"SickCity watches Twitter (and soon Facebook) for any mentions of disease in a city. It then collects this information and presents it over time through graphs. SickCity is still quite new. Our algorithms are improving everyday and we are still getting in historical data for some cities."
twitter  cities  facebook  tracking  publichealth  aggregator  health  trends  disease  location  data  crowdsourcing 
july 2009 by robertogreco
BLDGBLOG: This Diseased Utopia: 10 Thoughts on Swine Flu and the City
"It's an important question. After all, it's incredibly easy, reading about sustainable cities, urban agriculture, and even the locavore movement, to conclude that chickens, pigs, cows, etc., have all been removed from the urban fabric as part of a profiteering move by Tyson and Perdue.

But there were very real epidemiological reasons for taking agriculture out of the city; finding a new place for urban agriculture will thus not only require very intense new spatial codes, it will demand constant vigilance in researching and developing inoculations"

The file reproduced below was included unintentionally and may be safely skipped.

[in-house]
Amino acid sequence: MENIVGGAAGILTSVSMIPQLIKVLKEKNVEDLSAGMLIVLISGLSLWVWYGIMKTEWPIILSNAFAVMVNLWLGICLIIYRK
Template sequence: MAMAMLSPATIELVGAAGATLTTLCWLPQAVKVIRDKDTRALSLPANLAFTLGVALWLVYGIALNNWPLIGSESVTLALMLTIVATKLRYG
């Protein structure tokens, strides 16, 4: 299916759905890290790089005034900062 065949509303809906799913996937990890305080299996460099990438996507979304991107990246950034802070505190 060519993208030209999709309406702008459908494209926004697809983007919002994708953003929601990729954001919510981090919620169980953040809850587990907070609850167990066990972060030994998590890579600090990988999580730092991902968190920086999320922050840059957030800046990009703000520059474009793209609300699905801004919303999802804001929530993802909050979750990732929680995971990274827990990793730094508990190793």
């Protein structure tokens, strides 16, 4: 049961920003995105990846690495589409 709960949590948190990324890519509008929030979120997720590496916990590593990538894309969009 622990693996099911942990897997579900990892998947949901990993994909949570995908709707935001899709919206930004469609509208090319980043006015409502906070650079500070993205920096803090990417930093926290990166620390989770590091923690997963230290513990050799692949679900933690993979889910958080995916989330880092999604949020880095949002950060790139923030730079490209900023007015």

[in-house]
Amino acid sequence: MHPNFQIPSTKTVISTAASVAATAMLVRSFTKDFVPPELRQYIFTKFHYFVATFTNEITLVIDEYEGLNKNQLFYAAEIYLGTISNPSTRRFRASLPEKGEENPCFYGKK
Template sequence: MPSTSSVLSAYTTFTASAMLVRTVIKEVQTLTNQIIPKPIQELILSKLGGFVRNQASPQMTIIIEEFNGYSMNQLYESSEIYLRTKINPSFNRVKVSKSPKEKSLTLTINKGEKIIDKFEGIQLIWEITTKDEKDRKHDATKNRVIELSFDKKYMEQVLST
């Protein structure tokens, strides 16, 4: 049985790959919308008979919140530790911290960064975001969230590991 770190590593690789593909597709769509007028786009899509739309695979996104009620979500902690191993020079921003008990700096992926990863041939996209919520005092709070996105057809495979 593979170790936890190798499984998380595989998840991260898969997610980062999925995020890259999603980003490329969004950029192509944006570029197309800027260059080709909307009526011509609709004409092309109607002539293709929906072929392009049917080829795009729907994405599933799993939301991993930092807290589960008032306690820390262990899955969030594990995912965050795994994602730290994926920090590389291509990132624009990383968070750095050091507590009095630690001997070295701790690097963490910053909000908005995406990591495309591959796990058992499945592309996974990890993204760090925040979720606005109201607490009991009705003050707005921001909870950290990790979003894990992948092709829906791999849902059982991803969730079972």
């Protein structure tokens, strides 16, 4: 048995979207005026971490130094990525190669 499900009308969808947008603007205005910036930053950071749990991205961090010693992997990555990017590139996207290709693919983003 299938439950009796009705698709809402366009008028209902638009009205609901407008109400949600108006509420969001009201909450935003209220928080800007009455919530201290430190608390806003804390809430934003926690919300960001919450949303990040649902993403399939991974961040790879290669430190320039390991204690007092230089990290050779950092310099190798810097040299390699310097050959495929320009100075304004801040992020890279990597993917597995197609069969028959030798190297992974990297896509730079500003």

disease  geography  cities  health  bldgblog  agriculture  farming  animals  locavore  sustainability  urbanagriculture  swineflu  history  epidemics  urban  urbanism  architecture  stevenjohnson  epidemiology  crisis 
april 2009 by robertogreco
Scientists Hack Cellphone to Analyze Blood, Detect Disease, Help Developing Nations
"A new MacGyver-esque cellphone hack could bring cheap, on-the-spot disease detection to even the most remote villages on the planet. Using only an LED, plastic light filter and some wires, scientists at UCLA have modded a cellphone into a portable blood tester capable of detecting HIV, malaria and other illnesses.
hacks  mobile  phones  blood  medicine  biology  innovation  biotech  disease